millennials versus baby boomers

Millennials Versus Baby Boomers in Colchester (Part 2 of 2)

Last week, in part 1, Colchester Baby Boomers £6 Billion+ Windfall Unfair? we explored Louise’s contention that Millennials (people born after ~1985) were suffering at the hands of the older generation in Colchester who had benefited from the cumulative increase in the value of Colchester properties over the last 25 to 30 years. In addition, Louise believes, many of the baby boomer generation enjoyed unbelievably good pensions, leaving the younger generation priced out of the Colchester housing market.

It’s logical the older members of society hold considerably more wealth than the younger generation because wealth is accrued across a lifetime, reaching a peak about the time of retirement. If we are to get out heads around the differing wealth levels between generations we need to compare “apples with apples”. Tracking the wealth held by different generations at the same age would be a good way to do this, i.e. what was actual wealth of a 30-something couple in the 1960’s compared to a 30-something couple in the 1980’s or 2010’s?

Looking back over the last 120 years at various economic studies the growth in wealth from one generation to the next, only happened between 1960 and late 1980’s. Since the 1990’s, wealth has NOT changed much across the generations (in the same age range).

Did Baby Boomers Save More Than Millennials?

No. Over the last decade UK households have saved between 7.5% to 8% of household income compared to between of 6% to 7% in the late 1960’s and 1970’s. This indicates baby boomers haven’t actively been stashing cash into savings accounts down the decades to accumulate wealth. Most of their gains enjoyed by the baby boomer generation were passive bonuses as a result of events beyond their control, for example the unanticipated rises in property value rises and people living longer making final salary pensions more valuable. Basically I’m saying it’s not their fault.

Why Don’t More Millennials Buy Property?

It is assumed that Millennials aren’t buying property in the same numbers as the baby boomer generation did in the past (because most of their wealth came from house price inflation). Millennials have often been described as “Generation Rent“, because they rent instead of buying property because, we widely believe, they can’t afford to buy.

However, when Colchester mortgage payments are measured against monthly income, home ownership is affordable by historic standards because mortgage rates are currently so low. Although housing affordability (the ratio between average house price and average earnings) in Colchester is at an all-time high it hasn’t changed drastically over the last decade:

  • 2008 average house price to average earnings of a single person in Colchester 7.79:1
  • 2017 average house price to average earnings of a single person in Colchester 9.6:1

(this means that in 2008, the average house price in Colchester was 7.79 times more than the average person’s salary in Colchester and it has risen to 9.6 in 2017 despite the property boom during the early 2010’s)


95% first-time buyer mortgages were reintroduced in 2010. The average interest rate charged for those 95% FTB mortgages has slowly dropped from around 5.5% in 2009 to the current 4% rate. Back in the 1980’s/1990’s mortgage interest rates were between 8% and 10%, and one time in the early 1990’s, reached 15%! The main difference between the two periods was the absolute borrowing relative to income is greater now than in the 1980’s. This is called the “mortgage to joint household income ratio”. In the 1980’s the mortgage was between 1.8x to 2x joint income; today it is 3.4x to 3.6x salary.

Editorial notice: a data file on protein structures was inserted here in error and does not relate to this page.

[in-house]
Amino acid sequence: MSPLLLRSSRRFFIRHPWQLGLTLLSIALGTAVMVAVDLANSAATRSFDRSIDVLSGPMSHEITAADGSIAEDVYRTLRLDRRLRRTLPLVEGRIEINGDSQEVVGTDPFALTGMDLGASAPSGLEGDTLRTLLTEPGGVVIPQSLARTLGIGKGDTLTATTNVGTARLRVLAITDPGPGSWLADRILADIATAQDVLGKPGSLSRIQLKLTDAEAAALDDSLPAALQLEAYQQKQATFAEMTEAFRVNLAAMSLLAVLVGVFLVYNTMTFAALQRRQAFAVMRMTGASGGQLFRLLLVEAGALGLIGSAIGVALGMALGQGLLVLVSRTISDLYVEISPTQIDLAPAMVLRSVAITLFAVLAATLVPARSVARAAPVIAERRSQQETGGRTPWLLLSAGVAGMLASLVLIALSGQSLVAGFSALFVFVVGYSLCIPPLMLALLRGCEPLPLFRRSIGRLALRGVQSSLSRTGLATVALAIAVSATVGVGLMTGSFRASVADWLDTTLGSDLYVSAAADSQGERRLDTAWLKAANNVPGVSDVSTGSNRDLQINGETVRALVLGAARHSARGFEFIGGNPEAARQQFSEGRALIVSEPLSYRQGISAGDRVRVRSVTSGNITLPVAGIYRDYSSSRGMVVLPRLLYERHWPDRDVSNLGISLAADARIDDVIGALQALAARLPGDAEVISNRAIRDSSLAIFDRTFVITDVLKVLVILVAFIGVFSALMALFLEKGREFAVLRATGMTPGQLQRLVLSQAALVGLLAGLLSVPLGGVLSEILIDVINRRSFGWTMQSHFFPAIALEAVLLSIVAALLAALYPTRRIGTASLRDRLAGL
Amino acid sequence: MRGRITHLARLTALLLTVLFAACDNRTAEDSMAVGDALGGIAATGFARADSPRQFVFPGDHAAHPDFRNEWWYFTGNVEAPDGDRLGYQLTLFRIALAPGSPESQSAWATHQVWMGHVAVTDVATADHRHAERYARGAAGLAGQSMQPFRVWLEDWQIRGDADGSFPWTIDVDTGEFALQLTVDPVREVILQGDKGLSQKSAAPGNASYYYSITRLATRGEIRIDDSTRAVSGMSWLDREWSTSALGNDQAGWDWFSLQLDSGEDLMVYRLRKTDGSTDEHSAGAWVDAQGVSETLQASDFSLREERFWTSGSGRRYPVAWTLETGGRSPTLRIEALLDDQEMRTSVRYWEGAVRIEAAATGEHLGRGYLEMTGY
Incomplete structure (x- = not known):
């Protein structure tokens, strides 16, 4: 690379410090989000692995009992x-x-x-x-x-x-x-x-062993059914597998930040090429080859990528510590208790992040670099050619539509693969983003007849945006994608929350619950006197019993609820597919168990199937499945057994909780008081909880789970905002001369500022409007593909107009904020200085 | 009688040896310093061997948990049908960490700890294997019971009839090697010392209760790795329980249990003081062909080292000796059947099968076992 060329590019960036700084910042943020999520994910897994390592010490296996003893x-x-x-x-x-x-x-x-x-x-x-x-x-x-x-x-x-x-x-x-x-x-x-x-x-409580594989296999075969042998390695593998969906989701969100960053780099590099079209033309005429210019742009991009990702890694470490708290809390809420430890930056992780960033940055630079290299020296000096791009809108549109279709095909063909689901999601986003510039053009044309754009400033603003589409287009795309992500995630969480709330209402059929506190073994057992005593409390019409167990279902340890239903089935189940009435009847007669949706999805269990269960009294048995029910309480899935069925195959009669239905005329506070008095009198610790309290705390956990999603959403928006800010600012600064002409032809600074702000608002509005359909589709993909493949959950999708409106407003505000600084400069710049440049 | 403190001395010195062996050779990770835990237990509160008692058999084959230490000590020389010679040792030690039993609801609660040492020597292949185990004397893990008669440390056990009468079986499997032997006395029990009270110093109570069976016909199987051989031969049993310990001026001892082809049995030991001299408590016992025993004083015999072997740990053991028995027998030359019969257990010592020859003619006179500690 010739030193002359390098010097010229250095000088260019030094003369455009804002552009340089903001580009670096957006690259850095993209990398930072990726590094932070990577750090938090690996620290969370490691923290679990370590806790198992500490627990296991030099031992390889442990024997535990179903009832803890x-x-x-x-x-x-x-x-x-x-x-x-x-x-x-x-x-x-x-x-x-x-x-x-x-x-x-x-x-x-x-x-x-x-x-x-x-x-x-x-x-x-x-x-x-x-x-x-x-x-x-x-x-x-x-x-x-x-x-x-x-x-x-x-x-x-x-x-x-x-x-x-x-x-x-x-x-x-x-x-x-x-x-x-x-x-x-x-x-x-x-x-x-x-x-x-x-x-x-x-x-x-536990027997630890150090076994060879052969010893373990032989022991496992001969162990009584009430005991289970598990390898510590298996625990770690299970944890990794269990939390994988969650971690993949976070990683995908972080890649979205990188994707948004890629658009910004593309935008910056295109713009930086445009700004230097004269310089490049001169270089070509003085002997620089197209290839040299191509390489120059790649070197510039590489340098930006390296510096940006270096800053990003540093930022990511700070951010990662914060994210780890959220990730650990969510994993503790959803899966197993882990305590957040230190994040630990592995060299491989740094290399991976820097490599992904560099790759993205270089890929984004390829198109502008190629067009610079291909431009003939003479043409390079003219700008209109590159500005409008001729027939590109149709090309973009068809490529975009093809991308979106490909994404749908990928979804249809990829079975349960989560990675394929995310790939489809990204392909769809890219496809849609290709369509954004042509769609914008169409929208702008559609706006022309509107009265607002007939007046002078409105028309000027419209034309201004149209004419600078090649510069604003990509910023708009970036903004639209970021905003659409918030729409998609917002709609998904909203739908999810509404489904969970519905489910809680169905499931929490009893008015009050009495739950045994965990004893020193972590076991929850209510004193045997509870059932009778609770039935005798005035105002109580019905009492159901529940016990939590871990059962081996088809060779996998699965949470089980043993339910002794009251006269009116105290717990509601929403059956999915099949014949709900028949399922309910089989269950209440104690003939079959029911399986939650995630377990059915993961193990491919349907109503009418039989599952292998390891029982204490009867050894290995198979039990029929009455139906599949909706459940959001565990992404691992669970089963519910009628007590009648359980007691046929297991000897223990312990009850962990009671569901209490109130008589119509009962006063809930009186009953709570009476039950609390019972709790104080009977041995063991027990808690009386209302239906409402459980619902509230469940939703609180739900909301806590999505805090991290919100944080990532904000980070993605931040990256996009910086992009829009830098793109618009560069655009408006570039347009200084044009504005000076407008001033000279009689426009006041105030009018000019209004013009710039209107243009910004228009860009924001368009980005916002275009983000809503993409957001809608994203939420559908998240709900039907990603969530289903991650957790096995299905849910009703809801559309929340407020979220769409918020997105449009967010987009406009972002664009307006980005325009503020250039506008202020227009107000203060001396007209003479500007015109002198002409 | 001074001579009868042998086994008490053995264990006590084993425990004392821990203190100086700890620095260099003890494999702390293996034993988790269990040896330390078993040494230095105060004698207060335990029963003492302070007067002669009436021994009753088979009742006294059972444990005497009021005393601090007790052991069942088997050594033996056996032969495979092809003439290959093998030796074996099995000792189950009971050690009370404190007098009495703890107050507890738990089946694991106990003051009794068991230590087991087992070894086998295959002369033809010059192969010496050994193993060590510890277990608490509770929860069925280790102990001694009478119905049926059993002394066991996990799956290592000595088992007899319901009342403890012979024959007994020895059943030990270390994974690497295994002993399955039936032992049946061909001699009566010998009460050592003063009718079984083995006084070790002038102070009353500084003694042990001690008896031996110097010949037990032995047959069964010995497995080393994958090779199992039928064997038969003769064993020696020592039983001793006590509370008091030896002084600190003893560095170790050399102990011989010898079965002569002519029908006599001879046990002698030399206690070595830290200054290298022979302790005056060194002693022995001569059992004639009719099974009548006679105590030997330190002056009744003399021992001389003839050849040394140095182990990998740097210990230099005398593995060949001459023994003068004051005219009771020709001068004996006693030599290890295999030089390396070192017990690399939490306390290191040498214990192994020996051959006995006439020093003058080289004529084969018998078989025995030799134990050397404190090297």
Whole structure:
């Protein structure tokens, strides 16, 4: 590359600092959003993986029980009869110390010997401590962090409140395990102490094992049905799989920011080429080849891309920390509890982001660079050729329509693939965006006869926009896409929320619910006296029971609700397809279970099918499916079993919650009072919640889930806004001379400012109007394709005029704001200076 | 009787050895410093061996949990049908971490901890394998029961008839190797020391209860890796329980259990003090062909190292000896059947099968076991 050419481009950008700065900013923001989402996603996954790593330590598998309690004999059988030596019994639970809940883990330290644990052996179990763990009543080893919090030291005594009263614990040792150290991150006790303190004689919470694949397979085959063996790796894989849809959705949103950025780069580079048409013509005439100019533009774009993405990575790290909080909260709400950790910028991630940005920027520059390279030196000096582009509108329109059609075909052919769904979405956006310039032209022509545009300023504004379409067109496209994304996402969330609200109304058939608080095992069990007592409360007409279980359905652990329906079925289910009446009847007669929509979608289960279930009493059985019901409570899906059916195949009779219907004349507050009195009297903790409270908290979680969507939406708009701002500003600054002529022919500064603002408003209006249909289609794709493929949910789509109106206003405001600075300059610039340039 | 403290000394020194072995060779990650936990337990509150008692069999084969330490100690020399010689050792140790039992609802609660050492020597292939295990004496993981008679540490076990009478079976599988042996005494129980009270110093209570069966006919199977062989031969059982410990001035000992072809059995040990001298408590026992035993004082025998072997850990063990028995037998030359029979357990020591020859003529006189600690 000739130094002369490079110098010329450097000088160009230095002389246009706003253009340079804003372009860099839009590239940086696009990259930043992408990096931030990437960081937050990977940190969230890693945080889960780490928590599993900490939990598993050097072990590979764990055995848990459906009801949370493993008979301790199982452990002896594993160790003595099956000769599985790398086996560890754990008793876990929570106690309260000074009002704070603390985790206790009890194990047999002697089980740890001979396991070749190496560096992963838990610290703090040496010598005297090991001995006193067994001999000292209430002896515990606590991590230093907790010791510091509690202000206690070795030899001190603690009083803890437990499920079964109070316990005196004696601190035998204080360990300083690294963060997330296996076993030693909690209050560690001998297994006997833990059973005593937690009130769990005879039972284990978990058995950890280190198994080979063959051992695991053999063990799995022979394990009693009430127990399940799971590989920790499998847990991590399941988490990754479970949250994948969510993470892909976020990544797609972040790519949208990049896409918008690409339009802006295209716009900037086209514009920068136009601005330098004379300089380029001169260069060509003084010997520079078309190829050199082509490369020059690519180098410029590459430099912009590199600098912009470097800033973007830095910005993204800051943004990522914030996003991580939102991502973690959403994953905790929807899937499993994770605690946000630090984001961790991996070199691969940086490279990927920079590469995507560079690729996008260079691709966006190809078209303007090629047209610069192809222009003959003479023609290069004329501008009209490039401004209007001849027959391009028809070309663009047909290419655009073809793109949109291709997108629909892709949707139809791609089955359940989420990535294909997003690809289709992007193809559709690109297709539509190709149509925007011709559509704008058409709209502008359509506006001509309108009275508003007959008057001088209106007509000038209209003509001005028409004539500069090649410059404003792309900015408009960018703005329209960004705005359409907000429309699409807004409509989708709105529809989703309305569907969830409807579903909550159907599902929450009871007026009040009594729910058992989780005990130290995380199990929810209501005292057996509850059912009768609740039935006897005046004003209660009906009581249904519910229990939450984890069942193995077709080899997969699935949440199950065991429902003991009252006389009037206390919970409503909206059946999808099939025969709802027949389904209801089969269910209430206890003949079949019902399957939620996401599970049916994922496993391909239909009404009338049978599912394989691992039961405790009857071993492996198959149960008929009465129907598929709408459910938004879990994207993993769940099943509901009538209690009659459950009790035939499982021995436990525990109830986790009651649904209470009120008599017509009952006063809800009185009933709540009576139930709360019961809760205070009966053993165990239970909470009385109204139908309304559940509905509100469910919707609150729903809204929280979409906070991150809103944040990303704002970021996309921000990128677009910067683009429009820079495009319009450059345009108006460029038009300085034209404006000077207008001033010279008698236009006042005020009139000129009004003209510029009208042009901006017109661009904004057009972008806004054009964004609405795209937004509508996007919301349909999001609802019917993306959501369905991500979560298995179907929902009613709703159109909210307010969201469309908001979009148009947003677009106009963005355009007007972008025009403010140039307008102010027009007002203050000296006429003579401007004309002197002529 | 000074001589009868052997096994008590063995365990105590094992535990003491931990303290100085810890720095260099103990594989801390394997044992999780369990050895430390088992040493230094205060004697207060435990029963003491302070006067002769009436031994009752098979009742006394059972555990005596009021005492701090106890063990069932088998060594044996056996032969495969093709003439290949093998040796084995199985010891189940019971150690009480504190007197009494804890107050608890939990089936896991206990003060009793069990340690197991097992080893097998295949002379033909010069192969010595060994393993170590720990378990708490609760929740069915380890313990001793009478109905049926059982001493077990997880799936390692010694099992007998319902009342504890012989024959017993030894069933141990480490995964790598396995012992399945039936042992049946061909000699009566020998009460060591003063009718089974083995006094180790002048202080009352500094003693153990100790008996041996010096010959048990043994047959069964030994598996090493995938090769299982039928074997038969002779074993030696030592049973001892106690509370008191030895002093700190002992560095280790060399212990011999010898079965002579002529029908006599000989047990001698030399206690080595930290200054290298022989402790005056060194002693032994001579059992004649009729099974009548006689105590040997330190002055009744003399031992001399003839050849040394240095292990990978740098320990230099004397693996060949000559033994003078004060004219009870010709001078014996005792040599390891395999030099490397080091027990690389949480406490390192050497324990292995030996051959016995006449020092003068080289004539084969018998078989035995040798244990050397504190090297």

The bottom line is, for most first time buyers, it’s still cheaper to buy a property, with a 95% mortgage, than it is to rent.

The barrier for Millennials seems to be finding the 5% mortgage deposit rather than paying the monthly mortgage outgoings at the current 95% mortgage rates. Millennials account for 19.4% of the 13,933 households in the Colchester Borough Council area. So, despite the doom and gloom, 33.1% managed to raise the 5% deposit needed to become homeowners.

Nevertheless the majority of Millennials (6,956 Millennial households), in and around Colchester, do still rent from a landlord. They have choice and can either:

  • Do what the baby boomers did and go without expensive holidays and nights out for a few years. Millennials are lured by expensive mobile phones, call plans, data packages, broadband contracts, the coffee shop and eating out culture, console games, Spotify, iTunes, Netflix, Amazon Prime, satellite TV packages and many other outgoings where savings can be made and put towards the 5% mortgage deposit.
  • Live in a rented accommodation, without the worry or expense of property maintenance, and enjoy life with no intention of buying (Generation Rent).

To summarise Millennials are worse off but most of them could afford to become homeowners if they wanted too. Renting is a lifestyle choice, but they still have a choice. Until larger numbers of Millennials decide to become homeowners the private rental sector will continue to grow. If the tenants and the landlords are both happy is that such a bad thing? Give me ring on 01206 862288 or email to discuss any aspect of the Colchester property market or add your comments below.Save










1 thought on “Millennials Versus Baby Boomers in Colchester (Part 2 of 2)

  1. Fascinating insights Graham. I’m also a millennial, and as you’re aware, my wife and I rented for 1.5 years until we got a deposit together and bought a house. There’s no question about the need for frugal living if one hopes to be a homeowner.

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